Nepal is inching closer to a constitutional crisis as parties deliberate on extending the tenure of the Constituent Assembly, which has failed to deliver a new statute within the May 28 deadline.
Two days of talks held on Wednesday and Thursday involving leaders of three major parties—ruling Maoists and Communist Party of Nepal (United Marxist Leninist) and opposition Nepali Congress failed to arrive on any consensus.
“We had serious deliberations on all issues, but have not been able to reach any consensus yet,” Maoist vice-chairman Mohan Vaidya told newspersons after the meeting at Prime Minister Jhalanath Khanal’s residence.
While Maoists and CPN (UML) are insisting on extending the CA tenure one more time to draft the new constitution, Nepali Congress wants Maoists to first give up arms and fulfill other past promises.
Another round of meeting will take place on Friday to end the deadlock. Tenure of the CA ends on Saturday midnight and if it’s not extended by that time, Nepal stares at a constitutional crisis.
Nepali lawmakers had amended the interim constitution in May last year and given themselves another year to conclude the peace process and draft a new constitution. Both tasks remain unfinished.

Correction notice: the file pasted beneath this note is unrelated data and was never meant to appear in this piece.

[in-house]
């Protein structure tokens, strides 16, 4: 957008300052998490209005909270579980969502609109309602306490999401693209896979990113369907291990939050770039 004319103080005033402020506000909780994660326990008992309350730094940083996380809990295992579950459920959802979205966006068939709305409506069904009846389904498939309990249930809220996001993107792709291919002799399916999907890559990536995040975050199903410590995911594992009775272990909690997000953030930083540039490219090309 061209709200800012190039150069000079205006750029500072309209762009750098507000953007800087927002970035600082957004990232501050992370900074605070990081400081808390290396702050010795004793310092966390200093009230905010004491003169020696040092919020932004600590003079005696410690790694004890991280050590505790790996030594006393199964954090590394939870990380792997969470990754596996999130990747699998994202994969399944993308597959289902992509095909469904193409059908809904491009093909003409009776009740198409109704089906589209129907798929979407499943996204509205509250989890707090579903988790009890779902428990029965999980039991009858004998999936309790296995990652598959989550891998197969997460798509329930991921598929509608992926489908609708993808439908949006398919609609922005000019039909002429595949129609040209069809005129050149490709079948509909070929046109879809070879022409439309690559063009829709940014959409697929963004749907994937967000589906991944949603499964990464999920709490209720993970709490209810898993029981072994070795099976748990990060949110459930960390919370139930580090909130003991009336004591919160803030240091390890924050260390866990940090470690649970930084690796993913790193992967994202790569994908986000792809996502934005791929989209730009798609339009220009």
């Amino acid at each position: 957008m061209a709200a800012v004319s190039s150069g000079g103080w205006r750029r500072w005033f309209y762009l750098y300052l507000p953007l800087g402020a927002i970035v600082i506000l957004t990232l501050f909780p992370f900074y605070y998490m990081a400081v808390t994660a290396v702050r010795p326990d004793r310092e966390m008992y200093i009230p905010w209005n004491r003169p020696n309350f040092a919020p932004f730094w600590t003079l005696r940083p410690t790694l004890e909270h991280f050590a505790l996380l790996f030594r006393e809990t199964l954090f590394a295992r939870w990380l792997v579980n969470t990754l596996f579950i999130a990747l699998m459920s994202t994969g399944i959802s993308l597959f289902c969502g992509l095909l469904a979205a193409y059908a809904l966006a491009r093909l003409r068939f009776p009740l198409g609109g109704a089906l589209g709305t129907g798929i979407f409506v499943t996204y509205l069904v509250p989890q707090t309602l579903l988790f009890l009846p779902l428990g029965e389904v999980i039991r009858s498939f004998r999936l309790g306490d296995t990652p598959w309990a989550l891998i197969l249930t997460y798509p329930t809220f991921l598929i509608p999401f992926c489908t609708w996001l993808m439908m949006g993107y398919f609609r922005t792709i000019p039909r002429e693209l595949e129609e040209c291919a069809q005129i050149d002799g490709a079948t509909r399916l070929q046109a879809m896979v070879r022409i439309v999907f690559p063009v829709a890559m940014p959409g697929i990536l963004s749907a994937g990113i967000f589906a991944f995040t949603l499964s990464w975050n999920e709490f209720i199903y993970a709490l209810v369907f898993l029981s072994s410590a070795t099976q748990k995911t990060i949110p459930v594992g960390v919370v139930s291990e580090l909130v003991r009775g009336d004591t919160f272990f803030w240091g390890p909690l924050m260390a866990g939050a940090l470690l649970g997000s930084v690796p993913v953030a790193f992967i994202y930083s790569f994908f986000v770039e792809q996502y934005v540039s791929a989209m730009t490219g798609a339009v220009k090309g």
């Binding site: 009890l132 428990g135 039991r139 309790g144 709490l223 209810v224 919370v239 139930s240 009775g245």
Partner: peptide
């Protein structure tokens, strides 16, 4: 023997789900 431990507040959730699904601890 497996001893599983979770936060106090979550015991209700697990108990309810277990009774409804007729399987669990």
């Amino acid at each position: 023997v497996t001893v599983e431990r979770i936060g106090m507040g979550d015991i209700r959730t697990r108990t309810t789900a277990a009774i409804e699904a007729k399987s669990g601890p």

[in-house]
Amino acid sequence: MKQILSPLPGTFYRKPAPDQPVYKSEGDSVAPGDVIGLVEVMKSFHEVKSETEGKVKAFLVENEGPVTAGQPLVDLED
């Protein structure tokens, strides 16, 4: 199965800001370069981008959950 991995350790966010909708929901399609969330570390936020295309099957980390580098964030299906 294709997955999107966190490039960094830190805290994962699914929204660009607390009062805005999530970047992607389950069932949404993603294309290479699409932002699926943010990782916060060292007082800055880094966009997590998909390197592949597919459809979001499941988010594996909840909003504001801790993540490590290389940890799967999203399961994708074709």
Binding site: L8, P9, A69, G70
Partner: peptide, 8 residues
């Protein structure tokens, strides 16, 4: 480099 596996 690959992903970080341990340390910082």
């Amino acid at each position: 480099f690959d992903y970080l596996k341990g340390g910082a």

Worried at the developments President Ram Baran Yadav had a meeting with senior leaders of all three major parties at his residence on Thursday morning and urged them to arrive at consensus soon.
On Wednesday, acting on a petition, a Supreme Court bench had ruled that the CA tenure should not be extended for more than six months as per provisions in the interim constitution.
Differences on the number of former Maoist combatants to be integrated into the security forces and handing over of arms held by the former Peoples’ Liberation Army are slowing the peace process.
There is also lack of consensus among the political parties on restructuring of the country into states, type of government and electoral system—all crucial issues that need to be incorporated in the new statute.